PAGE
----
In a universe governed by the single truth, exploration is a core component of individual experience. Exploring interests is an exhilarating experience. Exploration is how we become more. Every moment we spend focusing on something, we spend becoming it. A process of learning and loving makes work and hobbies worth doing. Exploration is also a healing mechanism, a means of overcoming trauma through growth. It encourages openness to new experiences, imagination, intuition, and sensitivity.6 To be open is to avoid imposing static ideas on an ever-changing universe. We can embrace known frameworks without personally attaching ourselves to them. Individual actualization is developing an understanding that no system we create can ever adequately represent or embody us. We are always more than the ideas and things we create. The single truth ensures that all systems and philosophies lose value over time. Each spreads the ideas and values of the moment of their creation onto the immediate present. Therefore, the individual should avoid defining their identity as the specific undertakings, beliefs, or groups they inhabit. How and why the individual explores are not important, as long as they have the knowledge and resources necessary to do so.
Love takes many forms. How we love ourselves, how we love others. How we love our partners, our children. Friends and strangers, family and neighbors. Love is central to mythos past and present because it is transcendent. It is an experience that changes us in ways we did not know existed. It defines us; those who are loved are able to love more. Maslow wrote, “Clinical study of healthier people, who have been love-need-satisfied, shows that although they need less to receive love, they are more able to give love. In this sense they are more loving people.”7 He segmented love into two categories, deficiency love (D-love) and “love for the being of another person” (B-Love).8 D-love is wanting; I love you because I need you. B-Love is selfless; I love you because loving is part of who I am. To be a highly loving person in the relational universe permeates everything the individual does. It influences intent, which influences imagination and action. B-Love extends outward, a bond with the vast otherness surrounding us to create wholeness in an otherwise fractured world. Those embodying B-Love excel in universal concern, universal tolerance, trustworthiness, and benevolence. These traits manifest in our interactions with others as belief in equal opportunity, blind justice, and vital security for all. B-Love is a characteristic we seek to develop within ourselves because it aligns with our understanding of oneness with the relational universe. Yet, as Maslow mentioned, those able to achieve transcendent love are often the ones who were loved. Love is a form of information we give and receive. Birth lottery determines how the individual understands love.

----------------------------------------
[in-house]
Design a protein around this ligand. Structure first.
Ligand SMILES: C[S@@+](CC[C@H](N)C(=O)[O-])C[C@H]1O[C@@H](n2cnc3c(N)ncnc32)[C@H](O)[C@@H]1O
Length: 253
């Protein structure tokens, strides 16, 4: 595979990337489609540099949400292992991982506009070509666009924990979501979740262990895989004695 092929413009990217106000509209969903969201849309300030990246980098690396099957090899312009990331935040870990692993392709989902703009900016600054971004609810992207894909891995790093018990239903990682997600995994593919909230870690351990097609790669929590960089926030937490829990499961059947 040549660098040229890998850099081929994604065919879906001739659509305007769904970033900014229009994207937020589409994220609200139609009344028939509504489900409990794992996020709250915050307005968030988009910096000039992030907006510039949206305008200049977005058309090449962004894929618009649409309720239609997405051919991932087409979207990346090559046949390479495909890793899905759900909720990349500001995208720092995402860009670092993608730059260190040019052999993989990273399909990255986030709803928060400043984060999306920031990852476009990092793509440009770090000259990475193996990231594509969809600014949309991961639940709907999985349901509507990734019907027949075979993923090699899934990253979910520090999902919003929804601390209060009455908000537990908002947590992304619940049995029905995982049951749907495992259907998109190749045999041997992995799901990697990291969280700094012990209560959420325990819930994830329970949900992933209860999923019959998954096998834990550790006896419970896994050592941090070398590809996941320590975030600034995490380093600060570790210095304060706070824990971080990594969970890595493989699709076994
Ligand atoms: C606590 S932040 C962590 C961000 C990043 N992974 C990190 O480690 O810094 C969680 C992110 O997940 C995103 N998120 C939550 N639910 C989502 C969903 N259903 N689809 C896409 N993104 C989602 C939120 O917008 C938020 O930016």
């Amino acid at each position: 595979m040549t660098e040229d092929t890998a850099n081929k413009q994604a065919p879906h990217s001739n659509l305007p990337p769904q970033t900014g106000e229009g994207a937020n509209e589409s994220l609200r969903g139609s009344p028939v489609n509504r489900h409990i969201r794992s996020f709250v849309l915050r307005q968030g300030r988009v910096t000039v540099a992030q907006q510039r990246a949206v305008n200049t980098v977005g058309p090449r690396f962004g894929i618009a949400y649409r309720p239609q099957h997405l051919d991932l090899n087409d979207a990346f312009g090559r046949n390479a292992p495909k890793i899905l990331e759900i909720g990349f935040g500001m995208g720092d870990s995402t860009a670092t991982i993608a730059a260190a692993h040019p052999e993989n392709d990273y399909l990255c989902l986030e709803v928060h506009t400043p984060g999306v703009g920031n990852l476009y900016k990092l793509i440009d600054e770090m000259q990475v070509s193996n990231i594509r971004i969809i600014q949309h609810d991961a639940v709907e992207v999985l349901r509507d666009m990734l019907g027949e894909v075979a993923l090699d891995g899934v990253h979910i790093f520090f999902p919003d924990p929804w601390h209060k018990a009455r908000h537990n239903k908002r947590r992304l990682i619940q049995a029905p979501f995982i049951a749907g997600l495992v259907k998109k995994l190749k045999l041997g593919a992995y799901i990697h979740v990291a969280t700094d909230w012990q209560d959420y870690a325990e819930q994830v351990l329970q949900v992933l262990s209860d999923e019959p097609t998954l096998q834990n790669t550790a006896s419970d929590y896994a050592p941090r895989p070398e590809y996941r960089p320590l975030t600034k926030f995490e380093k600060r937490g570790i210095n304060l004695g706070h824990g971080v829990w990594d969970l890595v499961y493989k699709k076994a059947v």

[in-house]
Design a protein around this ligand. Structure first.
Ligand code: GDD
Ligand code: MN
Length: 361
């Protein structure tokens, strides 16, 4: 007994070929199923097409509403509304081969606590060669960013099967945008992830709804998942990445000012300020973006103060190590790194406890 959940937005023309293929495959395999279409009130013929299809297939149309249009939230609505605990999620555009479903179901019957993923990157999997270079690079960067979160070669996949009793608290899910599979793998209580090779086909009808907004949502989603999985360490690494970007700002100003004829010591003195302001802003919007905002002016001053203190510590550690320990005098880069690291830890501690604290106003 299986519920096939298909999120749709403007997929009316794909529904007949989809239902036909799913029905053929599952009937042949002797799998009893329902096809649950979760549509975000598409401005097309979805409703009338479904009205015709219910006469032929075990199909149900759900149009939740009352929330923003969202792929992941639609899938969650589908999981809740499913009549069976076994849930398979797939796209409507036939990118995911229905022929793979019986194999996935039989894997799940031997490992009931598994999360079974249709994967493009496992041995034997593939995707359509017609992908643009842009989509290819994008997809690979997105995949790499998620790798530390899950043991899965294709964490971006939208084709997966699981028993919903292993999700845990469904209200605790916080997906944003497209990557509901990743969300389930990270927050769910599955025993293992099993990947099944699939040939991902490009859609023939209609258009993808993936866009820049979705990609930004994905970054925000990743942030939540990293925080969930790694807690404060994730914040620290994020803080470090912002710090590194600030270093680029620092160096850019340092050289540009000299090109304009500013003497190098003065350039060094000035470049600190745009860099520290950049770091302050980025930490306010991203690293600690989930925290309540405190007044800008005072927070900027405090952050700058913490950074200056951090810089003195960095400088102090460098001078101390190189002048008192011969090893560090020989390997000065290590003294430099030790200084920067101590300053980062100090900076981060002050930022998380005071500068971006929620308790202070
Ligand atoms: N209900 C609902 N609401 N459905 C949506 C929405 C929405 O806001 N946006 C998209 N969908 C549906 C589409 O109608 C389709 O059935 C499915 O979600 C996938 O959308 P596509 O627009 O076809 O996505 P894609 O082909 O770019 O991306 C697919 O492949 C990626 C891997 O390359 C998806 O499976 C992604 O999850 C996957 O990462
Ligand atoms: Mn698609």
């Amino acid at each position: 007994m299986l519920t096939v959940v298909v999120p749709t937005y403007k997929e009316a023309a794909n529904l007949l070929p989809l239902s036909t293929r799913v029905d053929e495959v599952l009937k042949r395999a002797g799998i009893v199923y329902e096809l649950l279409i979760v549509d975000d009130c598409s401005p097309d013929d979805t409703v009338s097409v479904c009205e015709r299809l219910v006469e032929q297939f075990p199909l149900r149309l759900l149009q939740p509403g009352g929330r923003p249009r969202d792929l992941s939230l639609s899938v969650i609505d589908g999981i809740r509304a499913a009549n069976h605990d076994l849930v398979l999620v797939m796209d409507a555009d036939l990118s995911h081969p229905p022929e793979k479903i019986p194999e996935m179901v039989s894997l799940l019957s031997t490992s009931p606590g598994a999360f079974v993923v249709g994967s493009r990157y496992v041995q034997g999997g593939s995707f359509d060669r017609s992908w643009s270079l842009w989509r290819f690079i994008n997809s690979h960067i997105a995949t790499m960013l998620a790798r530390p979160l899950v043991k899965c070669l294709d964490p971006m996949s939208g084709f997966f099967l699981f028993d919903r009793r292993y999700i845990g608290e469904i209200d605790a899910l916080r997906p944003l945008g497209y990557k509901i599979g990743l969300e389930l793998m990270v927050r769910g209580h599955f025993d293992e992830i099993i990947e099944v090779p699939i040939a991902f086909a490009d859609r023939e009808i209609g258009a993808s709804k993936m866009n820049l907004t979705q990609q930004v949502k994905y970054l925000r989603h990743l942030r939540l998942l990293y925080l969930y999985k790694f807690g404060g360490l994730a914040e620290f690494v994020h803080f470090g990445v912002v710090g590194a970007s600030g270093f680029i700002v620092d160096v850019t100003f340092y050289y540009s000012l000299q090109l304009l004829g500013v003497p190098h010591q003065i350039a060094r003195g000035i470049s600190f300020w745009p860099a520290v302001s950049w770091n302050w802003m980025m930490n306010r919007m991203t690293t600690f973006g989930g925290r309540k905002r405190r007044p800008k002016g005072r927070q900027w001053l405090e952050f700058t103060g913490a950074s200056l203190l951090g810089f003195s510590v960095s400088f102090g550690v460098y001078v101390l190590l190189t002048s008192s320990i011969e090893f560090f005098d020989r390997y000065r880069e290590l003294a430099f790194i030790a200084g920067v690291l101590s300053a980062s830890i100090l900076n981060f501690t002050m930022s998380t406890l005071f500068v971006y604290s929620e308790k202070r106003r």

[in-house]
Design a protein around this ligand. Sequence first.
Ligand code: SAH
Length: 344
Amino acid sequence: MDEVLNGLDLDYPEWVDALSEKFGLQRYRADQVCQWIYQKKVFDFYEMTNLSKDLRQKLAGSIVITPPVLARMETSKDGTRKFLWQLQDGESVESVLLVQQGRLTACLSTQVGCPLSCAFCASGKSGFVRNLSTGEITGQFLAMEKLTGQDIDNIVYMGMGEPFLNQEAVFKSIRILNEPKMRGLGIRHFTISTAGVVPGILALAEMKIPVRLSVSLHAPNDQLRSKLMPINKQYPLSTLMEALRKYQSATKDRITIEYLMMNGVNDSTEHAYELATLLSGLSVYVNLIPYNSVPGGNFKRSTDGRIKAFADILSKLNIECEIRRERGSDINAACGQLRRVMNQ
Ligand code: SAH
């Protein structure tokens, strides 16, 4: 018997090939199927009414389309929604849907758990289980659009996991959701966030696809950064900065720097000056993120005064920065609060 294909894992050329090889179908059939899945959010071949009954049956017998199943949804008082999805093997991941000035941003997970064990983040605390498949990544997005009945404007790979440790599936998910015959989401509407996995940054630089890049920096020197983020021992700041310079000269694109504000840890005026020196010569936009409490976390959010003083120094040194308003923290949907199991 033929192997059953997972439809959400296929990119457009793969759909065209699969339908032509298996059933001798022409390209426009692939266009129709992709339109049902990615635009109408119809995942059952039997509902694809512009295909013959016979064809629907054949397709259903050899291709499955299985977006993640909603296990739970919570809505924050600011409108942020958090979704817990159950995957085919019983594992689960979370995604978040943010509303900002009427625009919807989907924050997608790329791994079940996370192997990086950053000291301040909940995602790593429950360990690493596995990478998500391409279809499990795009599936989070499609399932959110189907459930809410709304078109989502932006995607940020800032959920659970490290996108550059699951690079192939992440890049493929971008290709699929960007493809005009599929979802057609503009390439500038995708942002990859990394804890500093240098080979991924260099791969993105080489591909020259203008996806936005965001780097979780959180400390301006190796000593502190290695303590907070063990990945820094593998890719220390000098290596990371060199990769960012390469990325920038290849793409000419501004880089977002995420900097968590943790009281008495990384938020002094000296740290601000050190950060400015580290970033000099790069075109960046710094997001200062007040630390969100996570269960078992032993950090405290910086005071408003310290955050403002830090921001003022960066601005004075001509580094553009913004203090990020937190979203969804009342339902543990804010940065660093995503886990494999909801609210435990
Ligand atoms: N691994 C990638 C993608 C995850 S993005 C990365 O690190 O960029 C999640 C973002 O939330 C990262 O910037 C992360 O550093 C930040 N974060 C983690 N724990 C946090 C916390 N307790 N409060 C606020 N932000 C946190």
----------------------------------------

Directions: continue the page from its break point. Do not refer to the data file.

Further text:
Love highlights the inseparability of individual and systemic actualization. We recognize love as a vital component of the human experience yet understand that each inherits a circumstance completely out of our control. This does not define the individual, so long as they have alternative pathways of access and agency available. Our development of a more secure individual through systemic actualization is an act of self-love. It recognizes the value and divinity of each individual and constructs the systems necessary to further promote loving atmospheres. The insecure parent is a stressed parent. Stress, like all emotions, influences our time experience. Security does not guarantee that the child will receive love, but it is always preferable to the alternative.
Embracing the philosophy of system and individual as a single self is an act of self-love that aligns us with the single truth. We recognize ourselves as the totality of our circumstances, a form of observing being that is inseparable from the world around us. The pathway toward personal connection with the universe, a love for oneself and others, blooms into an expansive trust. When the individual realizes selfless love, they become comfortable with vulnerability, opening themselves to deeper connections with others and the universe around them. To be willingly vulnerable is to understand that genuine control in the universe is attained by letting go. Letting go of our desires to maintain control of circumstances, of others, and of outcomes, and instead directing our focus and energy toward the immediate present. What am I doing to enhance the love I give and receive within the universe right now? Synchronicity is an understanding and application of the knowledge of the relational universe. To understand and embrace the totality of the moment alongside your agency within it. Like the spiritual technologies of past and present, individual actualization requires a relinquishing power to become more powerful. Unlike our present decaying institutions, there is no blind allegiance to the single truth. We seek radical love and trust within ourselves and our systems because we understand that doing so aligns us with the nature of our universe.